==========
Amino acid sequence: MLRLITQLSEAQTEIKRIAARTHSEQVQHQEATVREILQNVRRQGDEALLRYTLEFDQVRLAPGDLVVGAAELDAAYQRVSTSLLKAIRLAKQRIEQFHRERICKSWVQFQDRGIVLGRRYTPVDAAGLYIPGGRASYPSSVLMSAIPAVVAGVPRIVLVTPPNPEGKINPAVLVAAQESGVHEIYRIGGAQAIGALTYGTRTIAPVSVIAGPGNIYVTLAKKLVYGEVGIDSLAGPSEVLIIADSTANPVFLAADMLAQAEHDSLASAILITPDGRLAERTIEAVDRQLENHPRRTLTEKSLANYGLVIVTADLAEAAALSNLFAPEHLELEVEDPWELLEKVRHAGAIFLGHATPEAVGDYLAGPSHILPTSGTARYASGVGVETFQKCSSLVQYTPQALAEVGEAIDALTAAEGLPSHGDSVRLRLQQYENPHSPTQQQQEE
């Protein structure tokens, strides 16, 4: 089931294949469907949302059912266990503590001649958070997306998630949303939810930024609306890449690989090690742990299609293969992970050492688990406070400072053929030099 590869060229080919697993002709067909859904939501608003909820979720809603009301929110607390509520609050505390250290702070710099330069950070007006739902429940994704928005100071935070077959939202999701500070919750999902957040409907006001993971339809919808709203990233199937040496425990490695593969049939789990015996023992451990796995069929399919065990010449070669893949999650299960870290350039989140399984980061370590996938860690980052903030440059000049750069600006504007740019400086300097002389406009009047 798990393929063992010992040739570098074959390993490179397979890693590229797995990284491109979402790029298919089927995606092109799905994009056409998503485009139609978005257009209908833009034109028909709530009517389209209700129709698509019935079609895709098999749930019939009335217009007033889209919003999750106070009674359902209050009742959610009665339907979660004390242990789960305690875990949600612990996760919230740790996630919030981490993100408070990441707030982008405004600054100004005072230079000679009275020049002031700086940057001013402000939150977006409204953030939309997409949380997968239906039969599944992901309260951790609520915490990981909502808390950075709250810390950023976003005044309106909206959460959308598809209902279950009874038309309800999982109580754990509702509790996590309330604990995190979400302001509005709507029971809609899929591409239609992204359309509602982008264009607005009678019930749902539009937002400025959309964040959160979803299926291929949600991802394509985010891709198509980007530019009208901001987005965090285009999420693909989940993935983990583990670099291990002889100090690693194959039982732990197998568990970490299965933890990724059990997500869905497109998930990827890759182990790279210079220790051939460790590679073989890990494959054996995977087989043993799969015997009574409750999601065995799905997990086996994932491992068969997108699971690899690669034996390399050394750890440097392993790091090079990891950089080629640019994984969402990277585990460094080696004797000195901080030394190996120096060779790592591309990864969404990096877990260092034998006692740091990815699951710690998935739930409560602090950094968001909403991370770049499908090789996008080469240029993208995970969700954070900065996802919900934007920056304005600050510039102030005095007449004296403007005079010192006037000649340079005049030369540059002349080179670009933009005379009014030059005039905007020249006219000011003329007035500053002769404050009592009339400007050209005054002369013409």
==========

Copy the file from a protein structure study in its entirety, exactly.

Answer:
Amino acid sequence: MLRLITQLSEAQTEIKRIAARTHSEQVQHQEATVREILQNVRRQGDEALLRYTLEFDQVRLAPGDLVVGAAELDAAYQRVSTSLLKAIRLAKQRIEQFHRERICKSWVQFQDRGIVLGRRYTPVDAAGLYIPGGRASYPSSVLMSAIPAVVAGVPRIVLVTPPNPEGKINPAVLVAAQESGVHEIYRIGGAQAIGALTYGTRTIAPVSVIAGPGNIYVTLAKKLVYGEVGIDSLAGPSEVLIIADSTANPVFLAADMLAQAEHDSLASAILITPDGRLAERTIEAVDRQLENHPRRTLTEKSLANYGLVIVTADLAEAAALSNLFAPEHLELEVEDPWELLEKVRHAGAIFLGHATPEAVGDYLAGPSHILPTSGTARYASGVGVETFQKCSSLVQYTPQALAEVGEAIDALTAAEGLPSHGDSVRLRLQQYENPHSPTQQQQEE
């Protein structure tokens, strides 16, 4: 089931294949469907949302059912266990503590001649958070997306998630949303939810930024609306890449690989090690742990299609293969992970050492688990406070400072053929030099 590869060229080919697993002709067909859904939501608003909820979720809603009301929110607390509520609050505390250290702070710099330069950070007006739902429940994704928005100071935070077959939202999701500070919750999902957040409907006001993971339809919808709203990233199937040496425990490695593969049939789990015996023992451990796995069929399919065990010449070669893949999650299960870290350039989140399984980061370590996938860690980052903030440059000049750069600006504007740019400086300097002389406009009047 798990393929063992010992040739570098074959390993490179397979890693590229797995990284491109979402790029298919089927995606092109799905994009056409998503485009139609978005257009209908833009034109028909709530009517389209209700129709698509019935079609895709098999749930019939009335217009007033889209919003999750106070009674359902209050009742959610009665339907979660004390242990789960305690875990949600612990996760919230740790996630919030981490993100408070990441707030982008405004600054100004005072230079000679009275020049002031700086940057001013402000939150977006409204953030939309997409949380997968239906039969599944992901309260951790609520915490990981909502808390950075709250810390950023976003005044309106909206959460959308598809209902279950009874038309309800999982109580754990509702509790996590309330604990995190979400302001509005709507029971809609899929591409239609992204359309509602982008264009607005009678019930749902539009937002400025959309964040959160979803299926291929949600991802394509985010891709198509980007530019009208901001987005965090285009999420693909989940993935983990583990670099291990002889100090690693194959039982732990197998568990970490299965933890990724059990997500869905497109998930990827890759182990790279210079220790051939460790590679073989890990494959054996995977087989043993799969015997009574409750999601065995799905997990086996994932491992068969997108699971690899690669034996390399050394750890440097392993790091090079990891950089080629640019994984969402990277585990460094080696004797000195901080030394190996120096060779790592591309990864969404990096877990260092034998006692740091990815699951710690998935739930409560602090950094968001909403991370770049499908090789996008080469240029993208995970969700954070900065996802919900934007920056304005600050510039102030005095007449004296403007005079010192006037000649340079005049030369540059002349080179670009933009005379009014030059005039905007020249006219000011003329007035500053002769404050009592009339400007050209005054002369013409």